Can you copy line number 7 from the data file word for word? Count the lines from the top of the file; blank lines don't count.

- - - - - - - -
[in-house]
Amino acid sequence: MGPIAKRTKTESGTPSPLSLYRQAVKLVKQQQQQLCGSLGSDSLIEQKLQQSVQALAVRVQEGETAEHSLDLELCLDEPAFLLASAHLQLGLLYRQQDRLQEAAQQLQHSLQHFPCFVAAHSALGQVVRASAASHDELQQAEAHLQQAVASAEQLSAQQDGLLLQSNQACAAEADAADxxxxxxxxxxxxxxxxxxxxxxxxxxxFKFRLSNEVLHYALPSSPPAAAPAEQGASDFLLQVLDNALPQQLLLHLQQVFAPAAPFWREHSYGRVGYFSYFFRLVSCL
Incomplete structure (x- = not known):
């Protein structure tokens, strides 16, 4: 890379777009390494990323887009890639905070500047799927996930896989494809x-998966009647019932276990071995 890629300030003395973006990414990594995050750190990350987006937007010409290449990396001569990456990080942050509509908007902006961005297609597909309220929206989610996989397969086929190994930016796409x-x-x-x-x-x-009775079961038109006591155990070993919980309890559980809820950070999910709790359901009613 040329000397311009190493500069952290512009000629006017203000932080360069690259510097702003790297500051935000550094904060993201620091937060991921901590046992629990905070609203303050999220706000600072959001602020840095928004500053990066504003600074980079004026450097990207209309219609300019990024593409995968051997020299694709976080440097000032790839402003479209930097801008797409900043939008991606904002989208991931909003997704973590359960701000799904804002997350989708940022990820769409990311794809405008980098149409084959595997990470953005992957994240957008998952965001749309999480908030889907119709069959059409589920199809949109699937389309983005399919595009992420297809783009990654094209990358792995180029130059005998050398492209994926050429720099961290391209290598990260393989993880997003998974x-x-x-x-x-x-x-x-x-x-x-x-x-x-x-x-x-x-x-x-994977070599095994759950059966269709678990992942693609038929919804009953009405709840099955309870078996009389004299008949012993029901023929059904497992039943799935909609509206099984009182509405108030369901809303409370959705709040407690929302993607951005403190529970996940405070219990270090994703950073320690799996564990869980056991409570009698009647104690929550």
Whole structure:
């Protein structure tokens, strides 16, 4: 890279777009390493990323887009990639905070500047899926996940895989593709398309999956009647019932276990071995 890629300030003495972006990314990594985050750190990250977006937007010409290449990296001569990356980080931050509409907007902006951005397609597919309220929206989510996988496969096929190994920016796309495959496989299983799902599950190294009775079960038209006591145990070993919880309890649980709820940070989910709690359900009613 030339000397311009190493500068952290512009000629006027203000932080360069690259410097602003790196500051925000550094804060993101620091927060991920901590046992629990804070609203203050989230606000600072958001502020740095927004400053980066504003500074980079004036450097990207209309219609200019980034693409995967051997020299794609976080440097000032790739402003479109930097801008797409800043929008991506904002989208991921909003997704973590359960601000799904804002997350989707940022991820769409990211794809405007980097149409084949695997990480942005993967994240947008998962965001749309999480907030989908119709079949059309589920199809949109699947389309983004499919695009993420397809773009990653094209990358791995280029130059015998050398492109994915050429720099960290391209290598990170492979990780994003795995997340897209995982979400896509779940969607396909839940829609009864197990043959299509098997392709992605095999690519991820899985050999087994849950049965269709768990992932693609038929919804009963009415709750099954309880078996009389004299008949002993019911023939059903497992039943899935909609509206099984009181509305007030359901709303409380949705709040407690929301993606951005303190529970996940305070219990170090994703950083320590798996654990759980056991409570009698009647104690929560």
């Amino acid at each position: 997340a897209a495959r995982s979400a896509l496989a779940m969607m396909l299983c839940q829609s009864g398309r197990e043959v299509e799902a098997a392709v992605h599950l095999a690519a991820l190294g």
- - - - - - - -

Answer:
């Amino acid at each position: 997340a897209a495959r995982s979400a896509l496989a779940m969607m396909l299983c839940q829609s009864g398309r197990e043959v299509e799902a098997a392709v992605h599950l095999a690519a991820l190294g």